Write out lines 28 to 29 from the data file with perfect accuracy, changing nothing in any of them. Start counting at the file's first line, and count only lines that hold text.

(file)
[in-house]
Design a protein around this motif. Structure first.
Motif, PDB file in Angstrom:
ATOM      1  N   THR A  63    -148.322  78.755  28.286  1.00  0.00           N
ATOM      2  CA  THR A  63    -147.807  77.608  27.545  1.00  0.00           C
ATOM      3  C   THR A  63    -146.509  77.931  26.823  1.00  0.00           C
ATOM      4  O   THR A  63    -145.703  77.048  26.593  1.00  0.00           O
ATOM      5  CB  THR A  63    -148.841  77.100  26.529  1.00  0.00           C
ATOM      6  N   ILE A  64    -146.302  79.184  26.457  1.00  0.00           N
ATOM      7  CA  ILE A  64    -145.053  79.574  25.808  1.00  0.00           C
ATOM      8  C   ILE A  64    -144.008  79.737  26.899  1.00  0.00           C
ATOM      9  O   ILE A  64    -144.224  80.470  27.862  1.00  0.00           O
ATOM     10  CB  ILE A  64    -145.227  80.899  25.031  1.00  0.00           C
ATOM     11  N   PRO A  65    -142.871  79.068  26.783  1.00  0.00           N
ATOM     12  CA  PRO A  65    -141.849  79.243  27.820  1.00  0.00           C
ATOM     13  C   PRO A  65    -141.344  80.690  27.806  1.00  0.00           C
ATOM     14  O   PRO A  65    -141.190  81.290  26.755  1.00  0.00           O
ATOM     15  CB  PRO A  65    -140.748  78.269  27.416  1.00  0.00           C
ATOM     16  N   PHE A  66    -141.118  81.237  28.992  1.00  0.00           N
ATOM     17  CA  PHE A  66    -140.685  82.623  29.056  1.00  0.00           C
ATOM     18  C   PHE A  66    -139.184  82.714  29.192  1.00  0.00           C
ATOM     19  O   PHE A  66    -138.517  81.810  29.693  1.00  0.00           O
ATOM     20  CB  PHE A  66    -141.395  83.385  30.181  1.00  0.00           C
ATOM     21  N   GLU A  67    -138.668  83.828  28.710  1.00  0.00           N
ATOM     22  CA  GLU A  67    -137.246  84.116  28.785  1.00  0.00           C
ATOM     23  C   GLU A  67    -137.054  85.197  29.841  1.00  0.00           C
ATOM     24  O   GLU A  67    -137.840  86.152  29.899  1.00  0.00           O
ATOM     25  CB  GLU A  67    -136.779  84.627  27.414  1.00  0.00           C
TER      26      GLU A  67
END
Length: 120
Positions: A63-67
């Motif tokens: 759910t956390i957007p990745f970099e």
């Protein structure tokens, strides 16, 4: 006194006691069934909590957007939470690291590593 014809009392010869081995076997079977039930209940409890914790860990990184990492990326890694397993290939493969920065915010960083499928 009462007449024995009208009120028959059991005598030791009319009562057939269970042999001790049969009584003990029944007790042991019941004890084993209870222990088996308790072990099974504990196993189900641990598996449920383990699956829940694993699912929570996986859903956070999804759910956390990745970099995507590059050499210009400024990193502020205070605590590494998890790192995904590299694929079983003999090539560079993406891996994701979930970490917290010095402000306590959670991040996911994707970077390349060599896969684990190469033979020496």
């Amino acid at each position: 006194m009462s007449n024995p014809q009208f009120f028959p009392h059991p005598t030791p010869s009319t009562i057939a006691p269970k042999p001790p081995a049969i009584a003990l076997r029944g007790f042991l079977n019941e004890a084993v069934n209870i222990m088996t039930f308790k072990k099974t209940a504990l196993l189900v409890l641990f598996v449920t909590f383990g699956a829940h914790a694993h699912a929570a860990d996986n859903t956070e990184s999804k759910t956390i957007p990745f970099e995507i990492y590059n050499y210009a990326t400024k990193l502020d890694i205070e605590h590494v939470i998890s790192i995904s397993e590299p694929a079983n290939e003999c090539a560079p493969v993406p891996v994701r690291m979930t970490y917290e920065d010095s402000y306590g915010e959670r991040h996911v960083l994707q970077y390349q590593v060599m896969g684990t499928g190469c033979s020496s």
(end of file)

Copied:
ATOM     25  CB  GLU A  67    -136.779  84.627  27.414  1.00  0.00           C
TER      26      GLU A  67